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A Guide to Shirring

Use shirring to create custom silhouettes, by Katie Whittle.

Posted in: Tutorials & Techniques • May 31, 2017

The Akita dress sewn in double gauze from Shannon Fabrics.

I have often found darling dresses at vintage stores that inevitably look like a potato sack on my body. Due to my lack of hips, and noodle-esque frame, I’m always more comfortable in a silhouette with a defined waist. Shirring gives us the opportunity to breathe new life into existing garments or add shaping without fiddling with pattern alterations. With just a few rows of shirring stitches, a loose-fitting garment transforms into a shapely little number.

Machine shirring involves sewing rows of stitching 1/2" apart while using elastic thread in the bobbin and all-purpose thread in the needle. The elastic thread evenly gathers the fabric between stitches, creating texture and elasticity.

Although you can add shirring to any part of a garment, it’s most commonly used to create shaping at the neckline, bust, or waist.

Oh, and while you're thinking about all the creative ways you can use shirring, we have tons of patterns this would work on, or you could try it on a dress like Carter, which was designed with this detail.

And right now, you can get access to all 200+ patterns (that's a total value over $3,200) when you join Seamwork Unlimited, and readers even get half off their membership using this link. Check it out.

Is shirring the same as smocking?

Shirring and smocking are not quite the same thing. Smocking uses embroidery stitches to gather fabric to help create stretch—and add decorative patterns at the same time—without the use of elastic thread. Smocking is often done by hand, utilizing pleats to create intricate designs and manipulate the appearance and fit of a garment.

Choosing the Right Project

Ulla Johnson raw silk blouse
with bust shirring.

Ruffled romper with thick
shirring at the waist.

Smocked top with neckline shirring.

Tory Birch smocked skirt with shirring at the waist.

When selecting a pattern, look for at least 10" of ease in the area you will be shirring.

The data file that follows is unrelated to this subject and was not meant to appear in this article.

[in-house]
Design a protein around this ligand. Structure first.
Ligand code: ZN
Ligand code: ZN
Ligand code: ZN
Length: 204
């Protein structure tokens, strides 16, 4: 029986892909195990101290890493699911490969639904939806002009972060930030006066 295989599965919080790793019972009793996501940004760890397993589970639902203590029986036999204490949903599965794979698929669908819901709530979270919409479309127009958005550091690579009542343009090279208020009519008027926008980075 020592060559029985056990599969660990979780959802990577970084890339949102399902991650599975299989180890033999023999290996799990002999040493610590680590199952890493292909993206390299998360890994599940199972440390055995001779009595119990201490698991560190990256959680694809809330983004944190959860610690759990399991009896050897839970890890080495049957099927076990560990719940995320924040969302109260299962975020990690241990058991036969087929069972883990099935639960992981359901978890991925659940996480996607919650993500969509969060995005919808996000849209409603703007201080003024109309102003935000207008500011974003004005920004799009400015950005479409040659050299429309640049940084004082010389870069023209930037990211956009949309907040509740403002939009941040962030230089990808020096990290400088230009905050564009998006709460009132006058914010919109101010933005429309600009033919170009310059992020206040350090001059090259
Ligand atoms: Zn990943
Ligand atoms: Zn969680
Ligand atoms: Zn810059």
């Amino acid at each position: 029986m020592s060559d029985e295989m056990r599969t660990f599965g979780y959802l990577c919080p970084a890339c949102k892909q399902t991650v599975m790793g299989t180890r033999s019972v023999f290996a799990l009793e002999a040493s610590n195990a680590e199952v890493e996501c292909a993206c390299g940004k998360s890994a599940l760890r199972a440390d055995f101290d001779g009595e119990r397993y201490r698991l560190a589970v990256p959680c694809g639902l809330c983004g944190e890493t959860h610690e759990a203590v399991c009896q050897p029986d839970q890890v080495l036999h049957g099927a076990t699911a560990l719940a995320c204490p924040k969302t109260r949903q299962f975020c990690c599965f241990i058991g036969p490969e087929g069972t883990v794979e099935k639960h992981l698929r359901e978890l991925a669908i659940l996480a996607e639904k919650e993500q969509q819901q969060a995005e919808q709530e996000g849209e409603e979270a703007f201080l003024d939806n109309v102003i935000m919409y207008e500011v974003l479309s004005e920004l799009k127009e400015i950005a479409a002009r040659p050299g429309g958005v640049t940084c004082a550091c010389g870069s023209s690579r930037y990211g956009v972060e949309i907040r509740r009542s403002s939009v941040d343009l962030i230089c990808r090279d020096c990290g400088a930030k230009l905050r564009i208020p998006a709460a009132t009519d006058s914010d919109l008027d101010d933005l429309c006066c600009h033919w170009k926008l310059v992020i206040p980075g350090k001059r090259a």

Depending on the fabric, shirring will reduce the width of the garment by approximately half of its original size. If the garment has ample ease, there will be enough fabric to gather attractively.

The lighter the fabric, the more effective shirring will be. The thin elastic thread on the backside of the fabric creates the shirring, so if the fabric is too thick, the elastic will be too weak to gather it. Great fabrics to shirr include voile, double gauze, lawn, and rayon challis. Avoid heavier fabrics such as flannel, canvas, and wool suiting.

Machine Set-up

To start, select the straight stitch on your machine and change the stitch length to a longer setting—around 3-4. When shirring, the fabric gathers between stitch links, so a longer stitch length creates more shirring whereas a shorter stitch length creates less.

Wind the bobbin by hand with the elastic thread. Some sewists like to stretch the elastic thread slightly when winding, while others insist that stretching should be avoided at all costs. The truth is that it all depends on the sewing machine and its tension.

Experiment with a few variations of winding and test on a scrap piece of fabric to find what works best for your machine. Either way, these variations in tension are exactly why you need to wind the bobbin by hand rather than by machine. If the bobbin is wound by machine, the tension disc will stretch the elastic thread too much. Depending on the amount of shirring added to your project, you may need to wind more than one bobbin with elastic thread.

Insert your bobbin into the sewing machine per usual. Thread the needle with all-purpose thread. Pull up the elastic thread. Leave a 2-3” tail of both all-purpose thread and elastic thread.